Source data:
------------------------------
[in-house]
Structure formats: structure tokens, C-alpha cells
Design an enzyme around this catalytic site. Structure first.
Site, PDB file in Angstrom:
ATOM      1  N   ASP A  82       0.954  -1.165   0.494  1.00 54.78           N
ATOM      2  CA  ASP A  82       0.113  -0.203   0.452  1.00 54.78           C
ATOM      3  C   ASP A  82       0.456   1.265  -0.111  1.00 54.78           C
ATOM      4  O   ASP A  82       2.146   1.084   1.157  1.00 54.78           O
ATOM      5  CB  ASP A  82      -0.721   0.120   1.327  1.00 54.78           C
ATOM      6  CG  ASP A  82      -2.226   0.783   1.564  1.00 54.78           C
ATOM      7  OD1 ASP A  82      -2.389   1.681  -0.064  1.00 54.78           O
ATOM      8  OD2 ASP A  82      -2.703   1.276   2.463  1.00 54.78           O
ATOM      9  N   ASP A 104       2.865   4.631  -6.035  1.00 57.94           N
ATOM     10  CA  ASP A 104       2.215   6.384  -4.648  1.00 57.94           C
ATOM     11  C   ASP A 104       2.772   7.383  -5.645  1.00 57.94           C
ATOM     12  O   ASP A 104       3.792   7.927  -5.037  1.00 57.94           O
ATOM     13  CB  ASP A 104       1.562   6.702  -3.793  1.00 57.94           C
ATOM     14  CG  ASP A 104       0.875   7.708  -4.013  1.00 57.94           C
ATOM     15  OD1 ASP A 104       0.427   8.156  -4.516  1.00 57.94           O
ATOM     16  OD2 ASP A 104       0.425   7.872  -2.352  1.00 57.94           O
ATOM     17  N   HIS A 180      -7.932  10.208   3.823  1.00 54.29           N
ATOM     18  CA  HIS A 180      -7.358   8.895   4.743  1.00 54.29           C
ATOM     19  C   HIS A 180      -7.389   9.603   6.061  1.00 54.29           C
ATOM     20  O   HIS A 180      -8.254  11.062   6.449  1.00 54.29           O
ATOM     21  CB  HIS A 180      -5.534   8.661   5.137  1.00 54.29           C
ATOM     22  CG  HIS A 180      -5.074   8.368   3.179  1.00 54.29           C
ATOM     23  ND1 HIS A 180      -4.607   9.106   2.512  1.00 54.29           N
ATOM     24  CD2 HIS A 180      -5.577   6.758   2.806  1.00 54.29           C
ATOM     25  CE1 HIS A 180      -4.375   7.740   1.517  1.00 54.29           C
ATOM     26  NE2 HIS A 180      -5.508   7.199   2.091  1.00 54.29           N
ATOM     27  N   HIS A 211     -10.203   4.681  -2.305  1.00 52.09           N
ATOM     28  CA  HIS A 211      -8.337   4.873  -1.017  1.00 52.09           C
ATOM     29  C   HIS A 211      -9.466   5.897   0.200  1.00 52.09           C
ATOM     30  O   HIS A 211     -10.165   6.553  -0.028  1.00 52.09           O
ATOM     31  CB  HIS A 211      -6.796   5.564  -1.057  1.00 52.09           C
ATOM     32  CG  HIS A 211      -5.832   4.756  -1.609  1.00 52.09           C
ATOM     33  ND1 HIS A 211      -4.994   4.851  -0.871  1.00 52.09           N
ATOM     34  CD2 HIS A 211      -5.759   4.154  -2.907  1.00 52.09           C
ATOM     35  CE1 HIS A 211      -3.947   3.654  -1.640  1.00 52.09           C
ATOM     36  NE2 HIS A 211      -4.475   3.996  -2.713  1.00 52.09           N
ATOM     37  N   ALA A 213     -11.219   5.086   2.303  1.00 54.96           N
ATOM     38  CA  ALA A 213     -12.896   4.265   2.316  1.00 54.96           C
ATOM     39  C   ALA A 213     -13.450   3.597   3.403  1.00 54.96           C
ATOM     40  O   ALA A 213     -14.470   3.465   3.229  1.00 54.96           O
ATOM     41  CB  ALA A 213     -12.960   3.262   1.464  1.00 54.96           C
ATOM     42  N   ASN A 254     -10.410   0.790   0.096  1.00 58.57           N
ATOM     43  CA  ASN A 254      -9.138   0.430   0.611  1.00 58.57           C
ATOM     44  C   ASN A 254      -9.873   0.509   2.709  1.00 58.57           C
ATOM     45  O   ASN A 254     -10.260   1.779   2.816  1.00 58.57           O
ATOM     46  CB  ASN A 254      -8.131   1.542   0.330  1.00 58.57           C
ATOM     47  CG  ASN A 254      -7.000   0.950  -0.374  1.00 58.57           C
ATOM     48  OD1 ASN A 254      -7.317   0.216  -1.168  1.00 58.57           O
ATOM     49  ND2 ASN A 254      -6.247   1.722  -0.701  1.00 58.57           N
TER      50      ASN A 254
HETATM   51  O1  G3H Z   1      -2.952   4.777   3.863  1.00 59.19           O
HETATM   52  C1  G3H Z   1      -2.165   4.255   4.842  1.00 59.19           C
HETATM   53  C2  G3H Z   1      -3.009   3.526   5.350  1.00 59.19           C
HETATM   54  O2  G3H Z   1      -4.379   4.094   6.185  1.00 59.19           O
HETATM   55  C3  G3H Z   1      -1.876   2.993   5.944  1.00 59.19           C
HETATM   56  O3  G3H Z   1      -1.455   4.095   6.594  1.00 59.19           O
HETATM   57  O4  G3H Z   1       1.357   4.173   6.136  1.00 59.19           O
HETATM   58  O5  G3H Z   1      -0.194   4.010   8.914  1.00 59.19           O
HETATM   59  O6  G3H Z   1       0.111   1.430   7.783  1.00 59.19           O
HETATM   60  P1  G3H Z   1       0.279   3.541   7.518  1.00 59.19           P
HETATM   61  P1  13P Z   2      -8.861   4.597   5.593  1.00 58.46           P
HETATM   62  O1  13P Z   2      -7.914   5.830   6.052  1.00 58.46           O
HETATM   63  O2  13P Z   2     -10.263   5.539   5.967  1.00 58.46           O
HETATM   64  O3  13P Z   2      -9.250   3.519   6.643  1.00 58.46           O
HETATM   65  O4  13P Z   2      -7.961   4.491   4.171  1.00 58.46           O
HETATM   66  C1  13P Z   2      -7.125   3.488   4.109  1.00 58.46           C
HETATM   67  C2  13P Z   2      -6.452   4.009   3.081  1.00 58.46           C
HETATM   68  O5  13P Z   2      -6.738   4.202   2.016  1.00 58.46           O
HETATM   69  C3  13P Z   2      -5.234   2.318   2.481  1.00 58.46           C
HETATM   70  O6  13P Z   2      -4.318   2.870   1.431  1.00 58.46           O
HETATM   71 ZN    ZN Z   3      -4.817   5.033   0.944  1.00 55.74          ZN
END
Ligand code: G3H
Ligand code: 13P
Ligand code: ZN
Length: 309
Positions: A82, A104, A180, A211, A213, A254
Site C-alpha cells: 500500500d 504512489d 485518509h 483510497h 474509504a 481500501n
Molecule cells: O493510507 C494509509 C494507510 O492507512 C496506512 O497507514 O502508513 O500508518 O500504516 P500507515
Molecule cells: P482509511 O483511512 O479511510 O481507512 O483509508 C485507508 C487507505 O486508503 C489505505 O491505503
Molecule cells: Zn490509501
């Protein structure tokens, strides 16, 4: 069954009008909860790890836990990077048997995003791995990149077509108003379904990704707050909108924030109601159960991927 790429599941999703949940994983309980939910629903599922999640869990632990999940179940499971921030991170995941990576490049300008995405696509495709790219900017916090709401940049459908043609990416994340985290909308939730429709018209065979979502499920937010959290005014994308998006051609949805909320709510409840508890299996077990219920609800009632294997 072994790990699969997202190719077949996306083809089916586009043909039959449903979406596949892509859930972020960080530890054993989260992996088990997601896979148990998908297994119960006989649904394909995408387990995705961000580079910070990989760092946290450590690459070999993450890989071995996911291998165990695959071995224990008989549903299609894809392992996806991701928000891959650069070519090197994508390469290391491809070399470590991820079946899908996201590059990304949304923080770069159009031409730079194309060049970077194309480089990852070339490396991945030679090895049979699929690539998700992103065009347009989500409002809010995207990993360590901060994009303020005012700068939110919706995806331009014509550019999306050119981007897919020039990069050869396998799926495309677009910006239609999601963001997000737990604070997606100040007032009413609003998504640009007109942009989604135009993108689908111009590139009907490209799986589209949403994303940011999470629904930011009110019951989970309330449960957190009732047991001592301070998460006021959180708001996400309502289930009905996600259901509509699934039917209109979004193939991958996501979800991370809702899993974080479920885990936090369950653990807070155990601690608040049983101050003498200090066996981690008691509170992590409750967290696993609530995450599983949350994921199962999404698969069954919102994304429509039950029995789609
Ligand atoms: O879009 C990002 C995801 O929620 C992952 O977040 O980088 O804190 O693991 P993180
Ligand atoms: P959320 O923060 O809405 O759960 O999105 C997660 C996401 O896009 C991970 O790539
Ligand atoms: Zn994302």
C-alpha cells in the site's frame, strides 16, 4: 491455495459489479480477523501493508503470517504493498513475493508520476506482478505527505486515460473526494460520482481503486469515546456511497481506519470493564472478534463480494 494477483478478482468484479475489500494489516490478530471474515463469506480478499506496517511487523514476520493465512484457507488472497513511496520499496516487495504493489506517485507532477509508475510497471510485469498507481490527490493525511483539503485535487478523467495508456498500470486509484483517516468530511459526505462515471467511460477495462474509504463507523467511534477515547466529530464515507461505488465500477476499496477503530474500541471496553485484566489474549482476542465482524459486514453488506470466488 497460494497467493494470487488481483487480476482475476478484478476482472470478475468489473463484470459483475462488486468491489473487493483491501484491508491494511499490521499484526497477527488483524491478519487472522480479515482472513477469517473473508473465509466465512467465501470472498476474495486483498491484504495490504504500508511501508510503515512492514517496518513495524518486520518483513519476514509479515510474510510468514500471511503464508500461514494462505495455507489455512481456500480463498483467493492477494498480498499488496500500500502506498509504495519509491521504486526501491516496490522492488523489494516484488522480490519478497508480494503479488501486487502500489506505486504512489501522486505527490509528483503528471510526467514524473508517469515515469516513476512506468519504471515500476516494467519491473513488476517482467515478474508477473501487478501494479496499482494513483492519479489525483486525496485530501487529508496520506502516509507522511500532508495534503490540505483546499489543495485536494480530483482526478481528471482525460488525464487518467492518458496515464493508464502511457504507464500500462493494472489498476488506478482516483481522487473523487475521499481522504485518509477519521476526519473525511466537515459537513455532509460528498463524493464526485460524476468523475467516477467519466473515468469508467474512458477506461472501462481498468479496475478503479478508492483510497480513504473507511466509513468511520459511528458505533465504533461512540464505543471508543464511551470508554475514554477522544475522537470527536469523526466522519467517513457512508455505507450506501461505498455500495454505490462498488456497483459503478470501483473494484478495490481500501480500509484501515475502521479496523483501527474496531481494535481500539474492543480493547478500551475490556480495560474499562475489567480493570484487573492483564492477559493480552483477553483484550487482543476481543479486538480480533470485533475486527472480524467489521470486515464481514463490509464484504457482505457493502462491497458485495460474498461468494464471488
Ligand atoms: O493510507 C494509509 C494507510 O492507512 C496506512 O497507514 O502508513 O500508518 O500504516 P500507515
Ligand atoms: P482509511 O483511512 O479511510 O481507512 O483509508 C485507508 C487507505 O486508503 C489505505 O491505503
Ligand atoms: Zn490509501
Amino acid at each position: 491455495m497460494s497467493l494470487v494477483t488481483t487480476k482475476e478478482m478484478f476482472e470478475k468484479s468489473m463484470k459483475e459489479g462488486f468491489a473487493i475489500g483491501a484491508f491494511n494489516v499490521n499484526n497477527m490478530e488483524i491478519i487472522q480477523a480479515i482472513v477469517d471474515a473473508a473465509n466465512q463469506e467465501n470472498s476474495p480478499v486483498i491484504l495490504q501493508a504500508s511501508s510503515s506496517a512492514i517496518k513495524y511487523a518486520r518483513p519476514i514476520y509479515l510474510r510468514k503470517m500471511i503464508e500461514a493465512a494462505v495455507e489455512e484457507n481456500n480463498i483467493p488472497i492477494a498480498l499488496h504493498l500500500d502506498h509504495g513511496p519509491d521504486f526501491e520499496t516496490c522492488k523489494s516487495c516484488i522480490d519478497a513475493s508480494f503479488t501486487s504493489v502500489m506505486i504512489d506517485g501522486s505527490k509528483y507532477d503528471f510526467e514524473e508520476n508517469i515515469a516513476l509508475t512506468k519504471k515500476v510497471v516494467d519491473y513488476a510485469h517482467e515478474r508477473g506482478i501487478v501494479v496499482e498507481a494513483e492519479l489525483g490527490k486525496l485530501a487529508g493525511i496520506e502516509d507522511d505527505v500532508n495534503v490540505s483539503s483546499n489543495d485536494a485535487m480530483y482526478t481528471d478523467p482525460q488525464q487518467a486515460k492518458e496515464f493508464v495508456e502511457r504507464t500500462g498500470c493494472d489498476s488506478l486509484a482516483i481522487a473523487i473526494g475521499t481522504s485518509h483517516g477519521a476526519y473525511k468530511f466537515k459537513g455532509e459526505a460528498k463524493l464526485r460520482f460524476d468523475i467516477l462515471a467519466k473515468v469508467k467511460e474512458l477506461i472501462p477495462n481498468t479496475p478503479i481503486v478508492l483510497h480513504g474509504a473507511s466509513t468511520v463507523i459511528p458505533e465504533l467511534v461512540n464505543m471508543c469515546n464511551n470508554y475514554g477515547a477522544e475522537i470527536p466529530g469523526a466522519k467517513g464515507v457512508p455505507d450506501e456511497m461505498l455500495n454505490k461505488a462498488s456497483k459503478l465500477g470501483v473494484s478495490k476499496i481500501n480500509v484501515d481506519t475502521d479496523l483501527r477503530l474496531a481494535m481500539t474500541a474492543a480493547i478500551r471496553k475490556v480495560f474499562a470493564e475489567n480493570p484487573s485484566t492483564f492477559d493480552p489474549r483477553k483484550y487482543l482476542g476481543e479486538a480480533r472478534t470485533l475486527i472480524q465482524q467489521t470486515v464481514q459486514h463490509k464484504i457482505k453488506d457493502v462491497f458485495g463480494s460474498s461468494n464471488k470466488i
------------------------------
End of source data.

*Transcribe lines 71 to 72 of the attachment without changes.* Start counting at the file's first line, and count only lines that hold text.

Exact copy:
HETATM   67  C2  13P Z   2      -6.452   4.009   3.081  1.00 58.46           C
HETATM   68  O5  13P Z   2      -6.738   4.202   2.016  1.00 58.46           O